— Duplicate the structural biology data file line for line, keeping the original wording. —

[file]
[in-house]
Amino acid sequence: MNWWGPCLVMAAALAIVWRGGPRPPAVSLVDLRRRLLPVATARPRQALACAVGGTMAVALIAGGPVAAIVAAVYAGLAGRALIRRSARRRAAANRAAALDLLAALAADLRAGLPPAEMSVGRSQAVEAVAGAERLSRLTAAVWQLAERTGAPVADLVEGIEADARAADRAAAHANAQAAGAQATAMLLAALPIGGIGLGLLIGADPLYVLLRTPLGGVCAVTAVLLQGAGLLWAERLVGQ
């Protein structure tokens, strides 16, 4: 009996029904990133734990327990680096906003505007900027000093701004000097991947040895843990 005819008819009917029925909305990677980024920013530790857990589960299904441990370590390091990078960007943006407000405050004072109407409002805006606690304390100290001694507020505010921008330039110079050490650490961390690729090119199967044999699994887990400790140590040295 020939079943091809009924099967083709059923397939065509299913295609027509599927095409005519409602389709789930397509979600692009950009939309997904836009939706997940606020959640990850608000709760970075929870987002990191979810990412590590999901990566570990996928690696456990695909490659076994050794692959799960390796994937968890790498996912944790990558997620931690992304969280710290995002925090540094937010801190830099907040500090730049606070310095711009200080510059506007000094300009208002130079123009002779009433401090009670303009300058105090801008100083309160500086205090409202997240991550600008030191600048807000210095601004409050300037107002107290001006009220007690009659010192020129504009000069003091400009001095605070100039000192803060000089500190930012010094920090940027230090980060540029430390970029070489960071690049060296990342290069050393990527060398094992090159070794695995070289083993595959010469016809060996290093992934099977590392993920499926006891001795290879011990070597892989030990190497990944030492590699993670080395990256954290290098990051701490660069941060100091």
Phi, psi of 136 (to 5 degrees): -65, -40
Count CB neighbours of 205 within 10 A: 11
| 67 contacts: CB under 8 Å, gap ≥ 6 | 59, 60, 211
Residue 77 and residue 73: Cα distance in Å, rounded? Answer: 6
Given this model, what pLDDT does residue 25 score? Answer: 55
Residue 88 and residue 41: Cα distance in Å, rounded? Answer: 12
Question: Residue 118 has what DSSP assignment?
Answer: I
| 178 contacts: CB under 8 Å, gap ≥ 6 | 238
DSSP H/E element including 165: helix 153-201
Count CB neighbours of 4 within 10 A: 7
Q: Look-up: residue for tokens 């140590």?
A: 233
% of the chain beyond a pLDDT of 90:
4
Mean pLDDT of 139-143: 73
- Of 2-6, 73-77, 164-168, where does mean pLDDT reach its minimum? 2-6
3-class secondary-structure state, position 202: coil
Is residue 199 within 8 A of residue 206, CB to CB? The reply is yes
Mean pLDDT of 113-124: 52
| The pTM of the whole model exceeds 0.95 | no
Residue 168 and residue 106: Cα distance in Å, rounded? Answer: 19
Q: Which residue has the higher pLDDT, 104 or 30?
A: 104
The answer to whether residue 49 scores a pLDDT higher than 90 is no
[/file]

[in-house]
Amino acid sequence: MNWWGPCLVMAAALAIVWRGGPRPPAVSLVDLRRRLLPVATARPRQALACAVGGTMAVALIAGGPVAAIVAAVYAGLAGRALIRRSARRRAAANRAAALDLLAALAADLRAGLPPAEMSVGRSQAVEAVAGAERLSRLTAAVWQLAERTGAPVADLVEGIEADARAADRAAAHANAQAAGAQATAMLLAALPIGGIGLGLLIGADPLYVLLRTPLGGVCAVTAVLLQGAGLLWAERLVGQ
């Protein structure tokens, strides 16, 4: 009996029904990133734990327990680096906003505007900027000093701004000097991947040895843990 005819008819009917029925909305990677980024920013530790857990589960299904441990370590390091990078960007943006407000405050004072109407409002805006606690304390100290001694507020505010921008330039110079050490650490961390690729090119199967044999699994887990400790140590040295 020939079943091809009924099967083709059923397939065509299913295609027509599927095409005519409602389709789930397509979600692009950009939309997904836009939706997940606020959640990850608000709760970075929870987002990191979810990412590590999901990566570990996928690696456990695909490659076994050794692959799960390796994937968890790498996912944790990558997620931690992304969280710290995002925090540094937010801190830099907040500090730049606070310095711009200080510059506007000094300009208002130079123009002779009433401090009670303009300058105090801008100083309160500086205090409202997240991550600008030191600048807000210095601004409050300037107002107290001006009220007690009659010192020129504009000069003091400009001095605070100039000192803060000089500190930012010094920090940027230090980060540029430390970029070489960071690049060296990342290069050393990527060398094992090159070794695995070289083993595959010469016809060996290093992934099977590392993920499926006891001795290879011990070597892989030990190497990944030492590699993670080395990256954290290098990051701490660069941060100091």
Phi, psi of 136 (to 5 degrees): -65, -40
Count CB neighbours of 205 within 10 A: 11
| 67 contacts: CB under 8 Å, gap ≥ 6 | 59, 60, 211
Residue 77 and residue 73: Cα distance in Å, rounded? Answer: 6
Given this model, what pLDDT does residue 25 score? Answer: 55
Residue 88 and residue 41: Cα distance in Å, rounded? Answer: 12
Question: Residue 118 has what DSSP assignment?
Answer: I
| 178 contacts: CB under 8 Å, gap ≥ 6 | 238
DSSP H/E element including 165: helix 153-201
Count CB neighbours of 4 within 10 A: 7
Q: Look-up: residue for tokens 């140590």?
A: 233
% of the chain beyond a pLDDT of 90:
4
Mean pLDDT of 139-143: 73
- Of 2-6, 73-77, 164-168, where does mean pLDDT reach its minimum? 2-6
3-class secondary-structure state, position 202: coil
Is residue 199 within 8 A of residue 206, CB to CB? The reply is yes
Mean pLDDT of 113-124: 52
| The pTM of the whole model exceeds 0.95 | no
Residue 168 and residue 106: Cα distance in Å, rounded? Answer: 19
Q: Which residue has the higher pLDDT, 104 or 30?
A: 104
The answer to whether residue 49 scores a pLDDT higher than 90 is no